ALBANY – Finally, child victims of pedophile priests, rabbis and scout masters will be allowed to seek justice.
Gov. Cuomo announced Friday he will for the second year in a row include language to create the Child Victims Act in the state budget he will propose on Tuesday.
But unlike last year, the Republicans are no longer in control of the Senate to block the measure and the Democrats in each chamber have made the issue a top priority.
“There has been a degradation of justice for childhood sexual assault survivors who have suffered for decades by the authority figures they trusted most,” Cuomo said. “That ends this year with the enactment of the Child Victims Act to provide survivors with a long-overdue path to justice.”
Legislative bill sponsors, including in the Assembly, which passed similar bills the past two years, say it could be taken up by the Legislature even before the budget is finalized in the spring.
“It’s not a matter of if we pass the Child Victims Act, it’s when we pass the Child Victims Act, said Senate bill sponsor Brad Hoylman (D-Manhattan). “It’s possible the Legislature could act before the budget.”
Assembly bill sponsor Linda Rosenthal agrees, noting the budget isn’t due to be adopted until the end of March.
“The Assembly passed it twice and I don’t see why we wouldn’t consider passing it a third time,” Rosenthal said.
Most survivors and advocates for the bill, who have been aggressively working on the issue for more than a decade, were overjoyed that 2019 looks like the year their efforts will finally pay off.
“It has been a long and difficult 15 years as victims have had to come forward to make this happen, whether ready or not,” said Marci Hamilton, co-founder of New Yorkers Against Hidden Predators.
The governor’s bill, which hues closely to what the legislative Democrats have pushed, would give child sex abuse victims up to their 50th birthday to bring a civil lawsuit while the statute of limitation to bring a felony case would increase to a person’s 28th birthday, up from the current 23.
For misdemeanors, criminal charges would be able to be brought up to the victim’s 25th birthday, up two years from the current law.
The bill would also create create a one-year window to revive old cases that are time-barred under current law, something that was vehemently opposed by the Senate Republicans, the Catholic Church, Orthodox Jewish groups, the Boy Scouts of America, and insurance companies.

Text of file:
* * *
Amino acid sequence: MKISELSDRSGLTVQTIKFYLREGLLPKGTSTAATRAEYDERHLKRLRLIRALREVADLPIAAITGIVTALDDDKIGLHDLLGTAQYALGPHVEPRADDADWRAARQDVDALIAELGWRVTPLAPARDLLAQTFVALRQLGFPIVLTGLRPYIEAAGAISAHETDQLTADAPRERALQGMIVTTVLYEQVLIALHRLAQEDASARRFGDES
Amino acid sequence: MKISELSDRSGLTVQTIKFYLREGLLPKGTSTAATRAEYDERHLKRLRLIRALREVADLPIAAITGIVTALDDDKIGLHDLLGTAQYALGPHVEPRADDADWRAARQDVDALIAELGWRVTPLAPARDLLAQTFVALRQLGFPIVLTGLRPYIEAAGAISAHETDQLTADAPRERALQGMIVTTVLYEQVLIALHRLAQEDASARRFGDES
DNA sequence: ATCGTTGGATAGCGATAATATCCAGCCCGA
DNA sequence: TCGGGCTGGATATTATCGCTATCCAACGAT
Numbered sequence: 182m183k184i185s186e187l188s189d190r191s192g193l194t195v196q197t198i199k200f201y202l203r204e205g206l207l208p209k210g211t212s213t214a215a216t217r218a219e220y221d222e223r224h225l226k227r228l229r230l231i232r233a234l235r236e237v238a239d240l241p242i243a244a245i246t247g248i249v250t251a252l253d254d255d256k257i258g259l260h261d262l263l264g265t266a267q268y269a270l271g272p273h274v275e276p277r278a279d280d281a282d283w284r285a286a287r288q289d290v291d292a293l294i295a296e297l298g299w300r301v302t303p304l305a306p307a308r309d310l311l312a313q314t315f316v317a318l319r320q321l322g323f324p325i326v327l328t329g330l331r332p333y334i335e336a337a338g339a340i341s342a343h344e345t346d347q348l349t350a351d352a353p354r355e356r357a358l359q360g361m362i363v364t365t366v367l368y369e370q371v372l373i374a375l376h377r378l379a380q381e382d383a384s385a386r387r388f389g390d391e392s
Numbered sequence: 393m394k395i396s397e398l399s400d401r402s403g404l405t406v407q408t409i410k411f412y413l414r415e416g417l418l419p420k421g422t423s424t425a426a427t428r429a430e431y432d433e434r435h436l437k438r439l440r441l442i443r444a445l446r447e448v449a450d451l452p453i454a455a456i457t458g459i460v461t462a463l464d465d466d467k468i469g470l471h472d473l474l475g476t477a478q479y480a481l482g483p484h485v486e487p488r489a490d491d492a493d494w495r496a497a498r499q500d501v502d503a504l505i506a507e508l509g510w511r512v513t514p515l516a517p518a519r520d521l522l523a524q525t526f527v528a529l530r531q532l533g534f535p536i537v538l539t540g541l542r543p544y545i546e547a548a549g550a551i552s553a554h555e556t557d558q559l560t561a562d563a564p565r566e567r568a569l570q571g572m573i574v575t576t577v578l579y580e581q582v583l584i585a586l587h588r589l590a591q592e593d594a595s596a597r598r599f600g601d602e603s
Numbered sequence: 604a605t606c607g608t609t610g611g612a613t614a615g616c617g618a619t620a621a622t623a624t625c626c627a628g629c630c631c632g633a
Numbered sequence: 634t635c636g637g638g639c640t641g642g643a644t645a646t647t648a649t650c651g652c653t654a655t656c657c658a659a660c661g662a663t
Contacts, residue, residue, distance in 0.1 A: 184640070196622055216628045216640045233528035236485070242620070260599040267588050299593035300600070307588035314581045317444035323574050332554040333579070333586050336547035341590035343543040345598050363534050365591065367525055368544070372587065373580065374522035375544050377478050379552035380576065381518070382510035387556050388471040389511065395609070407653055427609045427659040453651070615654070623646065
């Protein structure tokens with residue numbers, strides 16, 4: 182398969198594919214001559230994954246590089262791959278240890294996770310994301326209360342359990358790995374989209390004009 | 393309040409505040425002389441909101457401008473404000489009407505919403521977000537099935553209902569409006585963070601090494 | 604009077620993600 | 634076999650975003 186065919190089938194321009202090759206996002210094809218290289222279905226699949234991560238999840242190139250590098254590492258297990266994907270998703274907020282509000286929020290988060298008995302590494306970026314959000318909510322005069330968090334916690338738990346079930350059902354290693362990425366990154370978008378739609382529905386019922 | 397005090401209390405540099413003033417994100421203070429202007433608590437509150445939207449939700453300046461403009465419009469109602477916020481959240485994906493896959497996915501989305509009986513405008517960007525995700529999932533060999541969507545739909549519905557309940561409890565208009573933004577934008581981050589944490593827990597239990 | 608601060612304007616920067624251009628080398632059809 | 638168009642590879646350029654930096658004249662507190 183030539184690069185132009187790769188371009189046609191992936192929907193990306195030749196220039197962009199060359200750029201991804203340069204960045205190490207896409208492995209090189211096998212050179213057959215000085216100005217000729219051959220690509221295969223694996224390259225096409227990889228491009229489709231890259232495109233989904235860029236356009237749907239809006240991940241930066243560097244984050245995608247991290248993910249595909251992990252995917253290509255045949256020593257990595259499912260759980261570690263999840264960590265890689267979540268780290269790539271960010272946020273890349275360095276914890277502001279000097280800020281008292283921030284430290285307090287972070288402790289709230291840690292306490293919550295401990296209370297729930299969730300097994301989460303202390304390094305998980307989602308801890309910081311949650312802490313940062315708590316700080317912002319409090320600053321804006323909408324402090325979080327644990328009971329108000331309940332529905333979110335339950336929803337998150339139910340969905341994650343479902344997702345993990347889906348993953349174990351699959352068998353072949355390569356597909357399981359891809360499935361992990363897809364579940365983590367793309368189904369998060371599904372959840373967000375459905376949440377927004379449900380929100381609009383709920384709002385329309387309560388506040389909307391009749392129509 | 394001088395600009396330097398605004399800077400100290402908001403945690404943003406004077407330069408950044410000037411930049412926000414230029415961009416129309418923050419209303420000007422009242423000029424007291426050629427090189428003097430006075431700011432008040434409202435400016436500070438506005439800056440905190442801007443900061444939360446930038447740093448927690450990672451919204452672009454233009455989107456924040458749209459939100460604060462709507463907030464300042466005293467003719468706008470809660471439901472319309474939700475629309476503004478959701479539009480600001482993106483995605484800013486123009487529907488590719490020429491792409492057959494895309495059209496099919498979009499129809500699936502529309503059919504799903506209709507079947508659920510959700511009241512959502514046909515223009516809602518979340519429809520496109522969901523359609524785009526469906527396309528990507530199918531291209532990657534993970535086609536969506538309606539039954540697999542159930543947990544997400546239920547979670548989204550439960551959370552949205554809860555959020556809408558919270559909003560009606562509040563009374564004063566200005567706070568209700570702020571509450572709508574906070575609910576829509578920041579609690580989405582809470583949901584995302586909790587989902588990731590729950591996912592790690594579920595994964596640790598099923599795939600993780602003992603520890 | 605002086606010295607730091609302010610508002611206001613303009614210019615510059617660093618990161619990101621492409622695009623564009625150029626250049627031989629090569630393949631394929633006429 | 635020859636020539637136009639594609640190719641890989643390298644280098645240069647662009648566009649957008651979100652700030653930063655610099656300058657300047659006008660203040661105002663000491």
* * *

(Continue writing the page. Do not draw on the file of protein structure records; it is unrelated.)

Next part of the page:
And it would treat public and private institutions the same. Currently, victims of child sex abuse must notify public entities within 90 days of their intention to sue. That timeframe would be eliminated.
The bill, if passed into law, “will shift the cost of the abuse from their shoulders to the ones who caused it, identify the predators hidden in our midst, and further reveal to the public the ways in which child abusers and enabling institutions endanger New York’s children,” Hamilton said.
Like Hamilton, survivor and advocate Kathryn Robb thanked Gov. Cuomo and the legislative Democrats.
“For too long victims of child sexual abuse fought the powerful in Albany, a place that allowed truth to be buried, healing denied, and justice forsaken in the darkness of greed, power and cover-up. For too long so many did so little. Until now,” Robb said.
Gary Greenberg, an upstate investor and child sex abuse survivor who created a political action committee to push for passage of the Child Victims Act, urged the Legislature to act on the legislation by the end of the month.
“While the governor’s support is appreciated, the fact that 150 kids a day are being sexually abused in (New York) is an epidemic. Victims have waited long enough and there has been plenty of debate on the CVA .The time has come to vote,” Greenberg said.
Dennis Poust, spokesman for the state Catholic Conference led by Timothy Cardinal Dolan, said “we look forward to reviewing the legislation.”